Insights on Reconciliation and Action from the TRC92 Indigenous Youth Employment Social Innovation Lab
Starting a new job can be tough, even at the best of times.
But it’s even harder when you feel unsafe. Or your new coworkers don’t understand your culture. Or you don’t have reliable transportation or childcare.
Indigenous youth bring tremendous skills, rich experiences, and unique perspectives to the workforce—yet far too many face multiple barriers in finding and maintaining jobs.
Out of all provinces and territories, Manitoba has the widest gap in employment between non-Indigenous and First Nations populations—a symptom of a much deeper problem.
That’s why the TRC92 Indigenous Youth Employment Initiative was born.
We are putting words into action.
In response to the Truth and Reconciliation Commission’s Calls to Action, this youth-centred initiative seeks to transform the employment landscape for young Indigenous job seekers, build more supportive and inclusive workplaces, and strengthen our community.
Tackling such complex issues is only possible by working together—an approach United Way Winnipeg uniquely understands, given its long-standing practice of convening diverse leaders across all sectors.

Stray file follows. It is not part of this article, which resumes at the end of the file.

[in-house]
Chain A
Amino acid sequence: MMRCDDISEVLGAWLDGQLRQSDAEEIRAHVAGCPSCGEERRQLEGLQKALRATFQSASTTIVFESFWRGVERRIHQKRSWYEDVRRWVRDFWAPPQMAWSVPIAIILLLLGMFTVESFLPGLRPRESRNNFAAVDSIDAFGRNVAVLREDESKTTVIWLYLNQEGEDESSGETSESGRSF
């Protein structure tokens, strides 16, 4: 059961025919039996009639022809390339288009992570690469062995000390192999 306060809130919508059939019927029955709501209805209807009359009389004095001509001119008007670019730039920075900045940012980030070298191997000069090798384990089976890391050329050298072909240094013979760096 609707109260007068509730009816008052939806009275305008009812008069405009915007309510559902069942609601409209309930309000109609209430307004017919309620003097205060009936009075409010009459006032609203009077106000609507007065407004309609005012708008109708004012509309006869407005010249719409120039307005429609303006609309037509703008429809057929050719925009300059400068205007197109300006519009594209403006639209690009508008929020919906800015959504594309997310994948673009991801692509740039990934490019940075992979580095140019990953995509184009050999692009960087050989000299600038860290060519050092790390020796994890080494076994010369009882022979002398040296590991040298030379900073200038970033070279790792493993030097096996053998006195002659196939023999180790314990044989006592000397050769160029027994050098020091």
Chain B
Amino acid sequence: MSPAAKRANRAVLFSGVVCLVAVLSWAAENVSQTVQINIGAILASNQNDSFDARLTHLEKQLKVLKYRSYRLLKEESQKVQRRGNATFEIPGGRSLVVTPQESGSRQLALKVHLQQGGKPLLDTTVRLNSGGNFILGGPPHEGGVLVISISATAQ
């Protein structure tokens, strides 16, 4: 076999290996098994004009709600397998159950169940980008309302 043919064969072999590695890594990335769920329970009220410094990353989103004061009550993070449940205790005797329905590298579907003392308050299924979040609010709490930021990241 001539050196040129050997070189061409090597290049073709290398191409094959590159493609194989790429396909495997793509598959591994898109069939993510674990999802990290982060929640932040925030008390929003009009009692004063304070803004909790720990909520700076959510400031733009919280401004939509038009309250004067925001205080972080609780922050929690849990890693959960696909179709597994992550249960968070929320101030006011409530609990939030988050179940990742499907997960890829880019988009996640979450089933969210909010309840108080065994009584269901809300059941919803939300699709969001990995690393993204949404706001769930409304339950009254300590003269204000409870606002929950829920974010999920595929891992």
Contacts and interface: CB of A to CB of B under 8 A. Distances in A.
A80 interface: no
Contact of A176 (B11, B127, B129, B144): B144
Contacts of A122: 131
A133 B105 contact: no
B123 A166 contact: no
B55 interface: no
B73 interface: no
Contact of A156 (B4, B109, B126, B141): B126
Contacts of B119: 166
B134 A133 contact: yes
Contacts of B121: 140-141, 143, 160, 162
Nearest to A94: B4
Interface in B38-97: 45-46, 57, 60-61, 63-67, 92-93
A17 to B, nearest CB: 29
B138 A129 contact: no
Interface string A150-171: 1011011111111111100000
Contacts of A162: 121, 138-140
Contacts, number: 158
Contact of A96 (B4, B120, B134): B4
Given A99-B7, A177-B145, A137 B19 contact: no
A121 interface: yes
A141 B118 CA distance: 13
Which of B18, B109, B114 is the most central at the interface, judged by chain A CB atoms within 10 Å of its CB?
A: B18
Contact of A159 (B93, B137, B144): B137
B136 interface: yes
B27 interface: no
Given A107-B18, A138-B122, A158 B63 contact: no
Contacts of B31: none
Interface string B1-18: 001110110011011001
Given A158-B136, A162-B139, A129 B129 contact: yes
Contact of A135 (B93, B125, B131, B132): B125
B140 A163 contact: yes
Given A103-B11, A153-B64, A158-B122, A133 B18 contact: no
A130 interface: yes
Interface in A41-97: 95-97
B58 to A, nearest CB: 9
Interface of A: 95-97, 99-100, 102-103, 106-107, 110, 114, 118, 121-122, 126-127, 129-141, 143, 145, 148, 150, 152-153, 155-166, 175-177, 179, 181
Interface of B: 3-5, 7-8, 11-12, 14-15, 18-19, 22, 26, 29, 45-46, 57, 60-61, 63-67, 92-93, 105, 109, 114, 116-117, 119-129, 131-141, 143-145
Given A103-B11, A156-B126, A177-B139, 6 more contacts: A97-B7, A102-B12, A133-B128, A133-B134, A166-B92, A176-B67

Inspired by this collective impact approach, the Winnipeg Poverty Reduction Council (WPRC)—initiated by United Way Winnipeg—convened youth and leaders from the public, private, and nonprofit sectors to comprehensively understand the challenges young Indigenous job seekers face and, together, imagine a better future.
“It was a really supportive environment to create and have safe and meaningful discussions on things that are working and things that aren’t,” shared one participant.
The TRC92 Indigenous Youth Employment Initiative fostered a space for meaningful dialogue and collaboration by forming a Social Innovation Lab—an action-oriented, hands-on approach to creating change.
“We are putting words into action,” another participant explained.
“Instead of being part of a group that meets and has discussions, the Social Innovation Lab is a chance to walk the walk and put out tangible outcomes.”
I'm just really grateful to be a part of this.
The voices of Indigenous youth were foundational to the two-year process, sharing the knowledge, experiences, and solutions needed to co-design a better way forward.
From re-imagining job fairs to creating meaningful and inclusive human resource policies, Indigenous youth identified brilliant ways to create more culturally safe spaces across all stages of the employment journey—which are captured in the below report, “Insights on Reconciliation and Action: TRC92 Indigenous Youth Employment Initiative.”
“I’m just really grateful to be a part of this,” said one youth participant. “I was always the type of person that wanted to leave a mark on the world—and this is my mark.”